Retrospective: Dystopia’s “Human = Garbage”

The first five minutes and 49 seconds of Dystopia’s Human = Garbage EP, originally released in 1994, are legendary. The song is “Stress Builds Character” and it opens with a horrifying screamed-word intro that summed up all the despondence of the California power violence scene: “I don’t even like money… I need a raise, man,” our freaked-out narrator barks at us before the song proper begins and he sings, “Life’s been swell, now I want to die.”

And so it begins.

Human = Garbage, originally released as a five-song EP—which we’ll discuss here, but the 72-minute reissued version with extra tracks from splits with Suffering Luna and the mighty Grief and one unreleased song is totally worth checking out and is a whole different listening experience—was a huge part of what made California power violence so great at the time: it was real, it was honest, and, sonically, there were no rules. Much of this EP doesn’t really sound like anything in particular: it goes from sludge to d-beat to trippy-guitar-guy stuff just like that. And it doesn’t care if you’re not along for the ride.

So, we mentioned opener “Stress Builds Character” already, and we can’t really mention it enough, because the song is an incredible documentation of lives unravelling then coming back together through extreme music. I held on to this song pretty hard as a young man, as I suspect lots of us who bowed at the altar of Cry Now, Cry Later did.

Next up is “Hands that Mold,” a weirdo sludge rocker with another deranged vocal performance (here: the whole EP is filled with weirdo deranged vocal performances). Am I the only one who was able to mentally wander the streets of bad parts of California through these guitar sounds? And speaking of bad parts of California, the tale goes that recording for the EP started three hours after bassist Todd Kiessling got out of jail on bail. No idea if that’s true or not, but I’m not even going to look into it, because that’s exactly the kind of lore that I want to believe is true about Dystopia.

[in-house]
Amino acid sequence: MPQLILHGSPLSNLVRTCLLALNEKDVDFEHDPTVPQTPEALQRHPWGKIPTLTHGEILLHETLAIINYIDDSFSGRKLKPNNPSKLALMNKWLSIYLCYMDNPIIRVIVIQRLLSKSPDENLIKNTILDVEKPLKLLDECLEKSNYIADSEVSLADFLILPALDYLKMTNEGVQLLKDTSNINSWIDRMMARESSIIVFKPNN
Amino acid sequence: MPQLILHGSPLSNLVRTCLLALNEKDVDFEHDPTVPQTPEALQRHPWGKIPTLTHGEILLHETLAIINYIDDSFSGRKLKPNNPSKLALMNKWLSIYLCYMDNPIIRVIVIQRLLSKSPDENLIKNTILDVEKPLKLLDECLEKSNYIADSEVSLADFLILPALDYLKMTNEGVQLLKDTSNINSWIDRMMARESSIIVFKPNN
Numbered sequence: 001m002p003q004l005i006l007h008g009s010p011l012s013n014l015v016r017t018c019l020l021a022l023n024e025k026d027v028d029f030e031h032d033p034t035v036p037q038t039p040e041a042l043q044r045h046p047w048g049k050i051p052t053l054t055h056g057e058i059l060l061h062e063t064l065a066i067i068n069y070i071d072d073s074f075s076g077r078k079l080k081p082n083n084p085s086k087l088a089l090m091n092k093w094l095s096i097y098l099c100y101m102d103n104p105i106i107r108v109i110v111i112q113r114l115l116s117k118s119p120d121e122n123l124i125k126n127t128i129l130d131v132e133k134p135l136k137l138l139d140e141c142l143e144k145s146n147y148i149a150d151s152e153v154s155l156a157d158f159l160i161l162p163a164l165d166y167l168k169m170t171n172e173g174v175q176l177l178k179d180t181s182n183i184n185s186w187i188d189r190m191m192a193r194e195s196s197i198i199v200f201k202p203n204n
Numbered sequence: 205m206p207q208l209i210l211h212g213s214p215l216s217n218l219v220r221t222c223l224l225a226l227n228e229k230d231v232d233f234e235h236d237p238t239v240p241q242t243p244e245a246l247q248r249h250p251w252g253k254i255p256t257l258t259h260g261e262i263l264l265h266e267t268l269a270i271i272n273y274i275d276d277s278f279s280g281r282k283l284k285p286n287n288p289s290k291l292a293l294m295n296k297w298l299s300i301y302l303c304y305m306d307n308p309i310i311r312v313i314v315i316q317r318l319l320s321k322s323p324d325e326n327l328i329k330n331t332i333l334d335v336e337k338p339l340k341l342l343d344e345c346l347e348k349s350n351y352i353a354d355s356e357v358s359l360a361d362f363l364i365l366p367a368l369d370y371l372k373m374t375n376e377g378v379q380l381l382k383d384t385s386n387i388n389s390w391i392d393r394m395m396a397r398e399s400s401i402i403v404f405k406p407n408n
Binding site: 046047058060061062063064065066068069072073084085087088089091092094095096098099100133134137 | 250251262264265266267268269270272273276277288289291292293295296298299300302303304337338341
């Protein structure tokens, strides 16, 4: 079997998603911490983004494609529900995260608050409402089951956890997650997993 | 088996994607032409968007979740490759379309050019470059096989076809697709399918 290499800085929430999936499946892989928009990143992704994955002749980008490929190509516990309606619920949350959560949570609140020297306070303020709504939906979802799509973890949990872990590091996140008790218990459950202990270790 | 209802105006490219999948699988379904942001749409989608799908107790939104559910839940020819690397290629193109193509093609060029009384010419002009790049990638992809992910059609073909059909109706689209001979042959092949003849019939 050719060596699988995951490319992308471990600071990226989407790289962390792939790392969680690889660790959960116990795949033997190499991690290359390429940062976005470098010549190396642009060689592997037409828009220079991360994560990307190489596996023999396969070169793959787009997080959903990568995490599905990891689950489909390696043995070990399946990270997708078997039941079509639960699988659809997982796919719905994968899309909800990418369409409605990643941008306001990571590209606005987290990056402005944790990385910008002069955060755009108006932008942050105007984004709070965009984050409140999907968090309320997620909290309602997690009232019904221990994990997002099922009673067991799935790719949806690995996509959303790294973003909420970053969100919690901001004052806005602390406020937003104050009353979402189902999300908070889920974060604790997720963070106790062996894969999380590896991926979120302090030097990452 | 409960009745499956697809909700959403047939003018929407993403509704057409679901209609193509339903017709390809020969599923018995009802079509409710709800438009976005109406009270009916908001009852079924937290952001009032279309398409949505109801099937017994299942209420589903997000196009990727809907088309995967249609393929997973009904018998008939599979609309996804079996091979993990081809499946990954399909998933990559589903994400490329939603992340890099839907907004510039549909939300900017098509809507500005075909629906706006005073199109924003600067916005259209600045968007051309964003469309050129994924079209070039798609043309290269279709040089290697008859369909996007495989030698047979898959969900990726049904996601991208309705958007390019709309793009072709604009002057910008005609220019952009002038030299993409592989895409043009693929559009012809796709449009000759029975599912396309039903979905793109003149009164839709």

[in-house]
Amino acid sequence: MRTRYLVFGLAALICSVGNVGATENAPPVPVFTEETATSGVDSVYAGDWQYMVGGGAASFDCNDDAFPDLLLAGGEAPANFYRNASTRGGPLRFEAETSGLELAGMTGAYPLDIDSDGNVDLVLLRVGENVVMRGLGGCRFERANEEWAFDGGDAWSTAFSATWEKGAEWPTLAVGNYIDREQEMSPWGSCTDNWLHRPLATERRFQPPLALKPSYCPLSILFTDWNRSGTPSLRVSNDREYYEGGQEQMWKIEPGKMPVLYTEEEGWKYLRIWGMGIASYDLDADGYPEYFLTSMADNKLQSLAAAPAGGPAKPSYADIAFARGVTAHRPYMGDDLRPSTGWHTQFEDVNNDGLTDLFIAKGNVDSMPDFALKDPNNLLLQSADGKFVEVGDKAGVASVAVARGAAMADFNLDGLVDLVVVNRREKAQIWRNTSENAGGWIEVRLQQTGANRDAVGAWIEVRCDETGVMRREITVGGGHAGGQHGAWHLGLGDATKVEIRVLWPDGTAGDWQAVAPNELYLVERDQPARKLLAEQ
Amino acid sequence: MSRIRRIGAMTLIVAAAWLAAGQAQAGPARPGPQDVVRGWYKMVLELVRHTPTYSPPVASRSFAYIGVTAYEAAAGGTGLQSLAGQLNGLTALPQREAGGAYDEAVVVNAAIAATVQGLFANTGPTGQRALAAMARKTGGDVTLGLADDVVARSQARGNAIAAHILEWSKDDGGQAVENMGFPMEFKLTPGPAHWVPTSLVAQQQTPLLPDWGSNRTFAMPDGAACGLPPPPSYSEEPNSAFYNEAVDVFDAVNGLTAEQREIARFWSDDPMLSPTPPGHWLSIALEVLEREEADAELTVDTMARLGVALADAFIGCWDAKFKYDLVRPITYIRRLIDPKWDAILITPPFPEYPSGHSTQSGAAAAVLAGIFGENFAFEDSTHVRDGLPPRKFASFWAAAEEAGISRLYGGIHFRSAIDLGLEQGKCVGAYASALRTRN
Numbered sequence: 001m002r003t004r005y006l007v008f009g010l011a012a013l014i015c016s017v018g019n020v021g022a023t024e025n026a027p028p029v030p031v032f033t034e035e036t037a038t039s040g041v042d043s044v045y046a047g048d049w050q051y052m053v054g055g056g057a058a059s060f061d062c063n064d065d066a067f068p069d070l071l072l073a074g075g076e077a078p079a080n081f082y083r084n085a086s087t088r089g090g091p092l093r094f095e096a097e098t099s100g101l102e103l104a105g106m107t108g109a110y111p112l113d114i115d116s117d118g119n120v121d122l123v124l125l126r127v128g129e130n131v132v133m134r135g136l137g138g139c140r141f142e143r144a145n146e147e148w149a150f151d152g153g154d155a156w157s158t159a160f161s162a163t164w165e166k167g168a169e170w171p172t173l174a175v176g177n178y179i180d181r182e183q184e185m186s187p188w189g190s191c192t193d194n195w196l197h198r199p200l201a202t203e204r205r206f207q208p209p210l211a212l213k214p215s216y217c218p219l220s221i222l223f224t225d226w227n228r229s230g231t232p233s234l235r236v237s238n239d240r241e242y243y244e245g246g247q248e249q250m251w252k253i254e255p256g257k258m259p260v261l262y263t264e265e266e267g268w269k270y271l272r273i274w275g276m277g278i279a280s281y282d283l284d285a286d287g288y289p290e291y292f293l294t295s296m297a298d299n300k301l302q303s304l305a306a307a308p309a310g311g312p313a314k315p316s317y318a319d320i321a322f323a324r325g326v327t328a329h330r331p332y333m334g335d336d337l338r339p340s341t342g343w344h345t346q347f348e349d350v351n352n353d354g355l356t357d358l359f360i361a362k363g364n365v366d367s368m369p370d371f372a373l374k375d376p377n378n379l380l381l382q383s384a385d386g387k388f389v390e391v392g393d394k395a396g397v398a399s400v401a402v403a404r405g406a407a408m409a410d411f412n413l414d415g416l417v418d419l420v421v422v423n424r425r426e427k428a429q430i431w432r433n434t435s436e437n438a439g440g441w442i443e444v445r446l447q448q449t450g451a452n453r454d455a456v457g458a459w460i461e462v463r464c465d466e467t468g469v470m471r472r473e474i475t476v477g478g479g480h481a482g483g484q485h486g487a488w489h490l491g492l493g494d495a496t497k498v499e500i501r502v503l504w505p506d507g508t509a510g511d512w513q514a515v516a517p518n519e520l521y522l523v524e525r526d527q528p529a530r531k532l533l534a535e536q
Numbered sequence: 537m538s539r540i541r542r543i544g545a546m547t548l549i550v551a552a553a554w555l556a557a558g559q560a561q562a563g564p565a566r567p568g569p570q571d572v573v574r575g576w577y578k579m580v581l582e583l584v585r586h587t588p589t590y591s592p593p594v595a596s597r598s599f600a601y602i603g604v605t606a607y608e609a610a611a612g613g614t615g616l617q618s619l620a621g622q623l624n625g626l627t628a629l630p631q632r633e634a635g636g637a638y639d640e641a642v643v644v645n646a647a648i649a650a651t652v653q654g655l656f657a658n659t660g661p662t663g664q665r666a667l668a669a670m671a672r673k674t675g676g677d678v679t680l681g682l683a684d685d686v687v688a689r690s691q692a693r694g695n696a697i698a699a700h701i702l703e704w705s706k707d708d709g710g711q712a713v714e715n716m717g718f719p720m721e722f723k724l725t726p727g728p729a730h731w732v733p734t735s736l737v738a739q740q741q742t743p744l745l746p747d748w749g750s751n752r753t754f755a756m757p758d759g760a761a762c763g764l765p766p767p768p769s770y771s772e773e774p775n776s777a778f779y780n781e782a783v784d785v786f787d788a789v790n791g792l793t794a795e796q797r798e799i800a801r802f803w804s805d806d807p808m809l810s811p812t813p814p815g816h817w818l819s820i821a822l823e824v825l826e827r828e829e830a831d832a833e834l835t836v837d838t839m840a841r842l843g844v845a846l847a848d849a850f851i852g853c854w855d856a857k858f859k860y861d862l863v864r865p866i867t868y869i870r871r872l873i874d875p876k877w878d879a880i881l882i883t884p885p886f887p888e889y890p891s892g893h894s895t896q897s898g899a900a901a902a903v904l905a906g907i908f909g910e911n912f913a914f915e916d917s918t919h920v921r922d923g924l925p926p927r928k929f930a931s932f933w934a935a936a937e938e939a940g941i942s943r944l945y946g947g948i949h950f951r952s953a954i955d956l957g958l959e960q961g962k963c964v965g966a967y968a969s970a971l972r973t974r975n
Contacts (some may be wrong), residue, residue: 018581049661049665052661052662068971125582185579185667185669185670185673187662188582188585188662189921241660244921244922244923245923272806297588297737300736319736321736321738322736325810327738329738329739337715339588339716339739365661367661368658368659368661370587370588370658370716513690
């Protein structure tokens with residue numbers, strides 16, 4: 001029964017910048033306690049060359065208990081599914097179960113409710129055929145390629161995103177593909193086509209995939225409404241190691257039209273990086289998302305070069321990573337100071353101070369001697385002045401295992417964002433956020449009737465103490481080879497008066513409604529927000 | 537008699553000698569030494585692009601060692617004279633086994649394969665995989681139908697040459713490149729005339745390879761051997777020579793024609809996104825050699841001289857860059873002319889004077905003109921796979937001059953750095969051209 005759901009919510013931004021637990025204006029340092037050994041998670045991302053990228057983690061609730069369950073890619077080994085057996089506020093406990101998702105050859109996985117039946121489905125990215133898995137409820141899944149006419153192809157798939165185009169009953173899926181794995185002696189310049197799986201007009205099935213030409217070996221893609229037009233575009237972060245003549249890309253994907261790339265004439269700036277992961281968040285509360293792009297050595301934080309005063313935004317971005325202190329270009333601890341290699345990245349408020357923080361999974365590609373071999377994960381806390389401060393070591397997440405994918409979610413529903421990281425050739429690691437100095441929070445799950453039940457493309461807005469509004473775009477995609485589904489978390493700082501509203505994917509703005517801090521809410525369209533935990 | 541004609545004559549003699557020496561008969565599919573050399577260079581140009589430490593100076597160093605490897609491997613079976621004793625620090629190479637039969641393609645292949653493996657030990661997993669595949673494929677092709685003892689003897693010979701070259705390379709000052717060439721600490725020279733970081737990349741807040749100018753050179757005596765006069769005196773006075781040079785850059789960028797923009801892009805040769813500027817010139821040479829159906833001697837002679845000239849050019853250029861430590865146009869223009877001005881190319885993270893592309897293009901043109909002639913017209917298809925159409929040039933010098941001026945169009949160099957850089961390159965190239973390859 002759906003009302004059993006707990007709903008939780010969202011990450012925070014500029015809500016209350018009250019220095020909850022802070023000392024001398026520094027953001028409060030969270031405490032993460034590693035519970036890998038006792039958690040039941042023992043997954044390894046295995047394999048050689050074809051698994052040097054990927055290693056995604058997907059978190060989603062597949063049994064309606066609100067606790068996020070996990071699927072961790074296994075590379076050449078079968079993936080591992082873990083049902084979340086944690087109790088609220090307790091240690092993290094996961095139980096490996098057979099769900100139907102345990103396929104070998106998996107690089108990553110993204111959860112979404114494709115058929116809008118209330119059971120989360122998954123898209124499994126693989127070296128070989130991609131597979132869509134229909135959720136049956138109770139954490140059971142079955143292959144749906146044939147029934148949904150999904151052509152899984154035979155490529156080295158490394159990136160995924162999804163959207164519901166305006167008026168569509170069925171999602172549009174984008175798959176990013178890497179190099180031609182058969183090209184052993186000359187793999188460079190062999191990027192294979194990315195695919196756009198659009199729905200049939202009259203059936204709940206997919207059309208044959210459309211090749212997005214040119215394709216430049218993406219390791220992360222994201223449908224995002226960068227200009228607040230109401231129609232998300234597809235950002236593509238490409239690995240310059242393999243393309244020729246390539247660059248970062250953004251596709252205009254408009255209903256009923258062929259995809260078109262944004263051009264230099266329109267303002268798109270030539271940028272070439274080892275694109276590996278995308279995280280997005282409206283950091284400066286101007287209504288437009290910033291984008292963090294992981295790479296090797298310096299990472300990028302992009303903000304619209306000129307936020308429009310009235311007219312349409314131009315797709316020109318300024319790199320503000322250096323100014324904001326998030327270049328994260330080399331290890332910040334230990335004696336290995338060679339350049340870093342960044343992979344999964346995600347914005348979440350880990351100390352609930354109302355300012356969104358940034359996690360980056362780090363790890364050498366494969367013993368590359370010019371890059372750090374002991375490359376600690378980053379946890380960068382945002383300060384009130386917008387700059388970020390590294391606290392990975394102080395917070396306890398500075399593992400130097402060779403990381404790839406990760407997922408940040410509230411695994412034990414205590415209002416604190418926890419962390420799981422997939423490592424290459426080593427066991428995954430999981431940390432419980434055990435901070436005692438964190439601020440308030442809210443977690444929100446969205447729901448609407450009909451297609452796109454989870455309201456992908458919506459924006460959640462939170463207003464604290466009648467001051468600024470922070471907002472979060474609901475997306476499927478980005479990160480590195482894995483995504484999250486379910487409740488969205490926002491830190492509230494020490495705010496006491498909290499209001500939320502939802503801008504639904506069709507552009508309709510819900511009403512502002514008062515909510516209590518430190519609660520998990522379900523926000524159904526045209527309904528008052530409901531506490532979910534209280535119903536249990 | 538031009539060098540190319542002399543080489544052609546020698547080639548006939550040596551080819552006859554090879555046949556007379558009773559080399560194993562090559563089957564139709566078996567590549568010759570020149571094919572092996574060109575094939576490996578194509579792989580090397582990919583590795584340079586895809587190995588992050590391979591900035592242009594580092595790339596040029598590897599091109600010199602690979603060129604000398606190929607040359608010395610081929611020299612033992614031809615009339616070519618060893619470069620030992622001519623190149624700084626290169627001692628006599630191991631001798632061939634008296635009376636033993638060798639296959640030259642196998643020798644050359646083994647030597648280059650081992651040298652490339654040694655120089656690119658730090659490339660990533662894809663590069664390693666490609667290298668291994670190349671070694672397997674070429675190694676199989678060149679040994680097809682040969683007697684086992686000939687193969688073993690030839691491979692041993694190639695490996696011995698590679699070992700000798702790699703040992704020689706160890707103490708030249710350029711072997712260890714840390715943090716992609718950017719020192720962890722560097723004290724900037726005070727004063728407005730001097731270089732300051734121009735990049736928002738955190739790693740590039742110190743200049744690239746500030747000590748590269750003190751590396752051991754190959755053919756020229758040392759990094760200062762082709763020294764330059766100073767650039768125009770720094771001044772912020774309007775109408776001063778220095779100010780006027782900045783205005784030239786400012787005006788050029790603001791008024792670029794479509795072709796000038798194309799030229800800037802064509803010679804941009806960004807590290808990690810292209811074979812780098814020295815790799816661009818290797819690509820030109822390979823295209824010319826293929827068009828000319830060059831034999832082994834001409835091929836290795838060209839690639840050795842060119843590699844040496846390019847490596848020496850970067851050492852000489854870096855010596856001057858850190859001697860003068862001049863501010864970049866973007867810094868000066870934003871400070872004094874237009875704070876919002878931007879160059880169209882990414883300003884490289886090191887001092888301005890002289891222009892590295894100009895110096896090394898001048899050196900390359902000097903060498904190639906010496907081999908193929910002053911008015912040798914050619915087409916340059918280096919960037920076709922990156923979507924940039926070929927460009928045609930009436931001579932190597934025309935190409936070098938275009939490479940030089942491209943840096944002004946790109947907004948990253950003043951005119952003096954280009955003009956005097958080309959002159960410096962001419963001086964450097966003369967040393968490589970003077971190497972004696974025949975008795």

Then there’s “Sanctity.”

“When Ed awoke on March 1, he was filled with a self-loathing he could not endure.”

Oh, man. This song… six minutes of absolute misery, featuring samples about suicide layered over a slow, bass-led sludge dirge that eventually, at about 1:22, explodes.

“It’s purely a business decision. I hope you can understand that.”

Ugh. “Sanctity” is almost too much to handle. The vocals are near-awkward to listen to, they’re so full of honest despair. And the long, slow-burn build-up of the whole thing is another example of Dystopia’s odd and unique style: seriously, they sound like no other band. Let’s give them a bit more recognition for that.

“Ignorance of Pride” is up next, the 3:24 song being relatively straightforward and upbeat, spinning a lyrical yarn of murder tied to societal issues: “You killed again today/she was 12 years old… and you killed again today/he overdosed on drugs/he was a friend of mine.” This song packs an incredible punch not for its music but for the lyrics and vocal delivery. And while this isn’t exactly Chomsky-level analysis, sometimes simple is better: “Racism starts with a twisted idea/genocide starts with the squeeze of a trigger/both are easy to do/both are fucking stupid.”

“Love/Hate” ends off the EP with that sample, the band managing to take something sweet and make it sound like a bad nightmare/trip, before some more horrid samples (and one classic, hilarious one: “Mother fucker… food eater!”) come in over twisted, bad-trip noise courtesy of the band, who you just imagine laying down these tracks behind a garbage can in the worst part of California, members of Despise You straggling past, everyone just totally out of it, the band finally coming together here at around the two-minute mark to create about 14 seconds of music before it falls apart again. Repeat, repeat, oh god, repeat, then, oh god: the closing sample.

And then it’s done, 27 minutes of horrifying emotion and musical experimentation that, in some ways, hasn’t been matched today. Dystopia aren’t spoken of as much as other underground bands of that era, but there are those of us who will never forget. There’s a reason why Human = Garbage stunned us all when it came out: it’s a masterpiece of underground extremity, one that has no rules and absolutely does not care about the listener whatsoever, which is always how the best music is created.